Unlike student loans, you don’t repay a scholarship. But getting a scholarship isn’t as easy as walking into a bank. You have to apply for and be awarded a scholarship. Some are based purely on need. Others are merit-based and very competitive. The good news is there is a seemingly endless list of scholarships to apply and compete for. The trick is to find scholarships that you qualify for. Ask your school counselor and each school you apply to, and make sure to apply on time.
Think you won’t qualify for any scholarship? Think again. There are unusual scholarships you’d never dream of: scholarships for tall people, gamers and golf caddies, for example. (Find more at Goingmerry.com). There’s even a scholarship for people who apply for lots of scholarships (the Debt.com Scholarship for Aggressive Scholarship Applicants).
There are dozens of scholarships for immigrants and first-generation Americans and at least 100 scholarships just for children of members of the military. You can find them at militarywithkids.com/100-military-kids-scholarships/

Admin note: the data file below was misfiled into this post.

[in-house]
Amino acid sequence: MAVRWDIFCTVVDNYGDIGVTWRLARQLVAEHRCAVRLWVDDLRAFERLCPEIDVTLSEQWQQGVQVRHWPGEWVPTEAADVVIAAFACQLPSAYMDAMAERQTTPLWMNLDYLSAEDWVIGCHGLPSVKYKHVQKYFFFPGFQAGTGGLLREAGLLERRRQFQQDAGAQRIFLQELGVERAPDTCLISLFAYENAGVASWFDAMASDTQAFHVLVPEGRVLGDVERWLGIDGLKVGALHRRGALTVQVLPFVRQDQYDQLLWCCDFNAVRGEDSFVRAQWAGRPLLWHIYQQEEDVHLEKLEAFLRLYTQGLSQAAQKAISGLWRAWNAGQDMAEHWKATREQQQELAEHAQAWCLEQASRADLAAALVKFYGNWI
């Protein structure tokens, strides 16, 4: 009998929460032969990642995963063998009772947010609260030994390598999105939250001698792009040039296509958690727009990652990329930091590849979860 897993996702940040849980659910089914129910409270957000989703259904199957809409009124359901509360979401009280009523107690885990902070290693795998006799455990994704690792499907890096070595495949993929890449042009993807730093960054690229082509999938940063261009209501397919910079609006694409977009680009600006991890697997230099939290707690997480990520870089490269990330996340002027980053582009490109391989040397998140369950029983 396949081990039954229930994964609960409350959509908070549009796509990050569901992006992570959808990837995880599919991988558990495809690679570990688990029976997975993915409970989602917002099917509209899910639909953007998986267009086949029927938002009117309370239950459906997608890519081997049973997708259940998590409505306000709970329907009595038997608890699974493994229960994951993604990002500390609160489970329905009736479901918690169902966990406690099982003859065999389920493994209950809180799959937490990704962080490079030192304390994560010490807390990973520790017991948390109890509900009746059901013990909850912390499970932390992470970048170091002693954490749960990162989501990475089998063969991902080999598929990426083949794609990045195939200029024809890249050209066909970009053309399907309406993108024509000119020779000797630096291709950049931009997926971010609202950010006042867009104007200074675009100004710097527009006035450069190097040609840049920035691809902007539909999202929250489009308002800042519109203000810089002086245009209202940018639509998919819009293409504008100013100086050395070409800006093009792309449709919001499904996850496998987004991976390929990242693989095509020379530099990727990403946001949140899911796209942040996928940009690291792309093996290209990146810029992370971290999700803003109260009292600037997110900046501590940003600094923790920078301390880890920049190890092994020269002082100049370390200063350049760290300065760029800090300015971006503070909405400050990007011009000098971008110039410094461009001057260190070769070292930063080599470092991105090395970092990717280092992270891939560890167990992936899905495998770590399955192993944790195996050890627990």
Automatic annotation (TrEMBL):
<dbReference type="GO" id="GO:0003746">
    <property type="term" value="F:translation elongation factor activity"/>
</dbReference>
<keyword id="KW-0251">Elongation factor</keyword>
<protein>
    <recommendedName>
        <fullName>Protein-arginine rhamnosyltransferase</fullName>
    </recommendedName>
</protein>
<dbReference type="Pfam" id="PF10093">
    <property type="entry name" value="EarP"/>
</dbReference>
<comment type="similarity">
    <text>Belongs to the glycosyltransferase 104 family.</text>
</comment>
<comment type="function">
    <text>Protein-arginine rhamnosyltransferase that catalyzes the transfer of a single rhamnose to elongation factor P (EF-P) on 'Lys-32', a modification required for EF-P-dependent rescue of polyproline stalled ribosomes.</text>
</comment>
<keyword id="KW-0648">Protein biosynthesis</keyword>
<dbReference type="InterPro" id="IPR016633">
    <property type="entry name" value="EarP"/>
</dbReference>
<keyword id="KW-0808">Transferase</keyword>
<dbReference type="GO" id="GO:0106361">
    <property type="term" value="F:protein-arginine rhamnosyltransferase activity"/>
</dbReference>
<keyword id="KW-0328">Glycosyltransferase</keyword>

Here are just a few other
places to look for scholarships:
Cappex, Central Indiana Community Foundation, Chegg,
Scholarships.com, Scholarship Monkey, and Unigo.
Click here for a list of ways to get free money from the state of Indiana.
Income Share Agreements
An ISA is a contract that provides funding for college that you repay based on your future salary. They are not student loans. In general, you’ll start repaying an ISA after you leave school and attain a specific income threshold. How much you pay each month, and overall, is spelled out in the agreement. Most schools don’t offer ISAs, but Purdue University is an exception. Its Back a Boiler program has disbursed more than $18 million to almost 1,000 students since the program’s inception. The average award for the program is more than $10,000, with payment terms ranging from seven to 10 years. Note that there are few regulations governing ISAs, so do your homework before agreeing to one.